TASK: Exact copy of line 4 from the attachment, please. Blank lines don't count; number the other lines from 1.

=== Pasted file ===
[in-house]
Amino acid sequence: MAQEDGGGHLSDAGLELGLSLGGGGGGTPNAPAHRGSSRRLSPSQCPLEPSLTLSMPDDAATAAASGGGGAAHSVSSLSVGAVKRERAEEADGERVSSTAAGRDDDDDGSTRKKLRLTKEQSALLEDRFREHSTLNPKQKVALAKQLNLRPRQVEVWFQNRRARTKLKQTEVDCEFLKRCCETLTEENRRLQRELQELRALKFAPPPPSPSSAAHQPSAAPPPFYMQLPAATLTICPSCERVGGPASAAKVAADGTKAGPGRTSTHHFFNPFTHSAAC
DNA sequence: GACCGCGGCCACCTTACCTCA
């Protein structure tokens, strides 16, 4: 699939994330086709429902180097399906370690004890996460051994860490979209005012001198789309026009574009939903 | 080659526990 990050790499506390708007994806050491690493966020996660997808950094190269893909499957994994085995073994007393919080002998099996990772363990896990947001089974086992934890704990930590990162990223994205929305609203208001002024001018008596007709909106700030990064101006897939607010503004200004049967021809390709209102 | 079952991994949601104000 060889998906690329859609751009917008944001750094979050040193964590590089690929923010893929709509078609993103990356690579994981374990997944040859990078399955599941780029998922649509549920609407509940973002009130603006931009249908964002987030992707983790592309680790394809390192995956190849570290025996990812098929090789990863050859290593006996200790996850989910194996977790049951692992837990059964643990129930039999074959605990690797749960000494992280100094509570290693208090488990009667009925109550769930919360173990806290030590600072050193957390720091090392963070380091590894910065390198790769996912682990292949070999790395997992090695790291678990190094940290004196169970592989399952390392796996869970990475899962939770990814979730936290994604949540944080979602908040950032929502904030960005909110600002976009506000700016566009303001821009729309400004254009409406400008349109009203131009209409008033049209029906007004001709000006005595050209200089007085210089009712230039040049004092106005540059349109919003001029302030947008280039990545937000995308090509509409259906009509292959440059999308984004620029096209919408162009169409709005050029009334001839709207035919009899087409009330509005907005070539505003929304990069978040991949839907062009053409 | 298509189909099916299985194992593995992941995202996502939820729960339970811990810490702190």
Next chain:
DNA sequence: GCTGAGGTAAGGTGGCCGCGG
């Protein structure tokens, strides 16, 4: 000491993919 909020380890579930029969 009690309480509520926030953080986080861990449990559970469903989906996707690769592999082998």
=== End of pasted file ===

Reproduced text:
């Protein structure tokens, strides 16, 4: 699939994330086709429902180097399906370690004890996460051994860490979209005012001198789309026009574009939903 | 080659526990 990050790499506390708007994806050491690493966020996660997808950094190269893909499957994994085995073994007393919080002998099996990772363990896990947001089974086992934890704990930590990162990223994205929305609203208001002024001018008596007709909106700030990064101006897939607010503004200004049967021809390709209102 | 079952991994949601104000 060889998906690329859609751009917008944001750094979050040193964590590089690929923010893929709509078609993103990356690579994981374990997944040859990078399955599941780029998922649509549920609407509940973002009130603006931009249908964002987030992707983790592309680790394809390192995956190849570290025996990812098929090789990863050859290593006996200790996850989910194996977790049951692992837990059964643990129930039999074959605990690797749960000494992280100094509570290693208090488990009667009925109550769930919360173990806290030590600072050193957390720091090392963070380091590894910065390198790769996912682990292949070999790395997992090695790291678990190094940290004196169970592989399952390392796996869970990475899962939770990814979730936290994604949540944080979602908040950032929502904030960005909110600002976009506000700016566009303001821009729309400004254009409406400008349109009203131009209409008033049209029906007004001709000006005595050209200089007085210089009712230039040049004092106005540059349109919003001029302030947008280039990545937000995308090509509409259906009509292959440059999308984004620029096209919408162009169409709005050029009334001839709207035919009899087409009330509005907005070539505003929304990069978040991949839907062009053409 | 298509189909099916299985194992593995992941995202996502939820729960339970811990810490702190």